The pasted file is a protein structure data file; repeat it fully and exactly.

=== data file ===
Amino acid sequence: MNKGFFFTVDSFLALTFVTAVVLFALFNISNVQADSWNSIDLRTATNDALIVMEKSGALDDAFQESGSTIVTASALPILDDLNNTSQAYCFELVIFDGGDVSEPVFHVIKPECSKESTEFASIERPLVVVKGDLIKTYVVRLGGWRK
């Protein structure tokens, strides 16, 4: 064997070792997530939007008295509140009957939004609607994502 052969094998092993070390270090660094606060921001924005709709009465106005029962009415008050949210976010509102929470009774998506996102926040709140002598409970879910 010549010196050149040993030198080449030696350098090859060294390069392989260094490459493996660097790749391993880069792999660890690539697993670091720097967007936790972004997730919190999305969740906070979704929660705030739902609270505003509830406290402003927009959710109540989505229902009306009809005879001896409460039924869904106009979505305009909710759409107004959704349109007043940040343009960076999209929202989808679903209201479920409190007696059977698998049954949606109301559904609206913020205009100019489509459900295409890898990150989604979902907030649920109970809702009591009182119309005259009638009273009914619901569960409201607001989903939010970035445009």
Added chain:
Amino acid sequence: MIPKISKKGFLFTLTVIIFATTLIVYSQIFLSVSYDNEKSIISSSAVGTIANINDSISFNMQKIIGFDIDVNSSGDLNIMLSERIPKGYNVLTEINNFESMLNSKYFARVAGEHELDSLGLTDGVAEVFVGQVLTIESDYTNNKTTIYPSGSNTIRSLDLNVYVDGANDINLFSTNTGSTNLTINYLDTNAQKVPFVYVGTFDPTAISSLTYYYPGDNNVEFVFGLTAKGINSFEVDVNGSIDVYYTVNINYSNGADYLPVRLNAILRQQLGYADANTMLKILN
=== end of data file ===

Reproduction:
Amino acid sequence: MNKGFFFTVDSFLALTFVTAVVLFALFNISNVQADSWNSIDLRTATNDALIVMEKSGALDDAFQESGSTIVTASALPILDDLNNTSQAYCFELVIFDGGDVSEPVFHVIKPECSKESTEFASIERPLVVVKGDLIKTYVVRLGGWRK
């Protein structure tokens, strides 16, 4: 064997070792997530939007008295509140009957939004609607994502 052969094998092993070390270090660094606060921001924005709709009465106005029962009415008050949210976010509102929470009774998506996102926040709140002598409970879910 010549010196050149040993030198080449030696350098090859060294390069392989260094490459493996660097790749391993880069792999660890690539697993670091720097967007936790972004997730919190999305969740906070979704929660705030739902609270505003509830406290402003927009959710109540989505229902009306009809005879001896409460039924869904106009979505305009909710759409107004959704349109007043940040343009960076999209929202989808679903209201479920409190007696059977698998049954949606109301559904609206913020205009100019489509459900295409890898990150989604979902907030649920109970809702009591009182119309005259009638009273009914619901569960409201607001989903939010970035445009």
Added chain:
Amino acid sequence: MIPKISKKGFLFTLTVIIFATTLIVYSQIFLSVSYDNEKSIISSSAVGTIANINDSISFNMQKIIGFDIDVNSSGDLNIMLSERIPKGYNVLTEINNFESMLNSKYFARVAGEHELDSLGLTDGVAEVFVGQVLTIESDYTNNKTTIYPSGSNTIRSLDLNVYVDGANDINLFSTNTGSTNLTINYLDTNAQKVPFVYVGTFDPTAISSLTYYYPGDNNVEFVFGLTAKGINSFEVDVNGSIDVYYTVNINYSNGADYLPVRLNAILRQQLGYADANTMLKILN